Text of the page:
Here's my true confession for the week. It's only been within the past 12 months or so that I can honestly say that, when it comes to at least 95 percent of my relationships (be it personal or professional), my needs are being met. Whew, girl! I can't tell you how good it feels to say that.
If you've read even a couple of my articles on here (especially the relationship ones), I'm pretty sure that I'm being redundant when I say that I spend A LOT of time in self-introspection. When it comes to this particular topic, I think the combination of coming from a broken home (two times over), being abused (sexually, physically, verbally and emotionally—not every day but enough to break my spirit) and choosing some of the wackest friends, boyfriends and sex partners as a direct result, all played a part in me not getting my needs met.
Because I wasn't really taught how to value myself, I didn't.
And because I always wanted someone to value me in order to fill the void, I found myself in a constant state of immense codependency. You know—out here doing most of the work just so that I wouldn't feel alone. I find it to be no coincidence that the moment I said to myself, "Wait a minute. This is crazy. Let me tend to 'Little Shellie' so that Big Shellie can get out relationships what she truly deserves," that things took a turn for the better. The much better.
I don't settle for work situations that want me to compromise my platform, my standards and, to a large degree, even my expectations. And on the personal tip, although I strive for peace with everyone, I don't try and keep people around who, through their actions (or lack thereof), don't act like they want to be there; a clear sign of when that's the case is when someone knows what you need—not necessarily want but need—and refuse to do anything about it.
Did you just read all of that and suddenly feel the urge to scream "yes!" from your desk, couch or bed? If you can relate to where I'm coming from, but you have a hard time figuring out why you're constantly in a state of being deprived in your own relationships, here are five points that helped me to get to the root of why it was happening to me so much. I pray it sets you free, sis.
You’re Not Really Sure What Your Needs Are
If you're a parent, an aunt or even if you've simply babysat before, you know what it's like dealing with a toddler who doesn't know what they want. They're crying, maybe even throwing an all-out temper tantrum, but when you keep asking them what they want, they don't have an answer; plus, they are mad at you for not figuring it out for them.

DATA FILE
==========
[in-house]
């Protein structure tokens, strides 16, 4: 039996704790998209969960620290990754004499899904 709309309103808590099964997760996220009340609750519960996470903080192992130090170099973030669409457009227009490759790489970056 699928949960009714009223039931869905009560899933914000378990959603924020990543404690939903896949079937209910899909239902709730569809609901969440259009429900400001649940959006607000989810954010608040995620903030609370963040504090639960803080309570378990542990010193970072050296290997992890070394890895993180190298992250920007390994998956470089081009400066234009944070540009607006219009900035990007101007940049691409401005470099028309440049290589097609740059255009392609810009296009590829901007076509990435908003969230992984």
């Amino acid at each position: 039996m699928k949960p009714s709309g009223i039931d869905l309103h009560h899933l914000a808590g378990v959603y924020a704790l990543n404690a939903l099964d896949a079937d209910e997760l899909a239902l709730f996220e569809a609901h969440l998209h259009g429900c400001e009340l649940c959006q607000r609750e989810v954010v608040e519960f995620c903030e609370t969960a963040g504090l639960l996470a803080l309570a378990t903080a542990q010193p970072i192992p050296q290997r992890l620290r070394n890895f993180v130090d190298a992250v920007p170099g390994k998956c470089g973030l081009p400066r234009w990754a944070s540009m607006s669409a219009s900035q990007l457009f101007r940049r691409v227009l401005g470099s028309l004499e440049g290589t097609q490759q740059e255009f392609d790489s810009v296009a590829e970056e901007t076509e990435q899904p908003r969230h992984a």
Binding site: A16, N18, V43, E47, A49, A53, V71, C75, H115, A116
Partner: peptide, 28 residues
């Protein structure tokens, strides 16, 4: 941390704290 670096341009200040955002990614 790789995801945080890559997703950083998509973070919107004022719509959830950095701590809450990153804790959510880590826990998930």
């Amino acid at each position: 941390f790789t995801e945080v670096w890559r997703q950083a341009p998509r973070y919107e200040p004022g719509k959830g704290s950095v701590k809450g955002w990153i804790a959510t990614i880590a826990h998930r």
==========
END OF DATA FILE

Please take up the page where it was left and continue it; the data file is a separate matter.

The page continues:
A lot of grown people are just like this. They think that because someone loves (or even deeply likes) them that they should be going above and beyond to get to the root of what their needs are; that reading their mind is evidence that they truly care.
Toddlers get a pass because they are still trying to figure out what a need is, let alone how to express it. Adults? Not so much. No one should be expected to read your mind. Bigger than that, no one should be expected to know what your needs are when you can't even figure them out.
If your needs are never met, maybe because you are the first one who doesn't have a clue what they are. Hmm.
Once You Figure Them Out, You Don’t VERBALIZE Them
I'm a woman and even I get worn out by some of the women in my life who prefer to drop hints rather than be direct. I'm supposed to guess what they want to do for their birthday or I'm supposed to be so in tune with them that I know when they want to hang out and when they need their space.
Having these kinds of unrealistic expectations are not only unrealistic, they are also unfair and bring unnecessary pressure to the relationship dynamic. People who truly care about you and want to be a part of your life want to know what your needs are. If you truly care about your connection with them, state your needs. Don't hold people accountable for what you never put on record in the first place.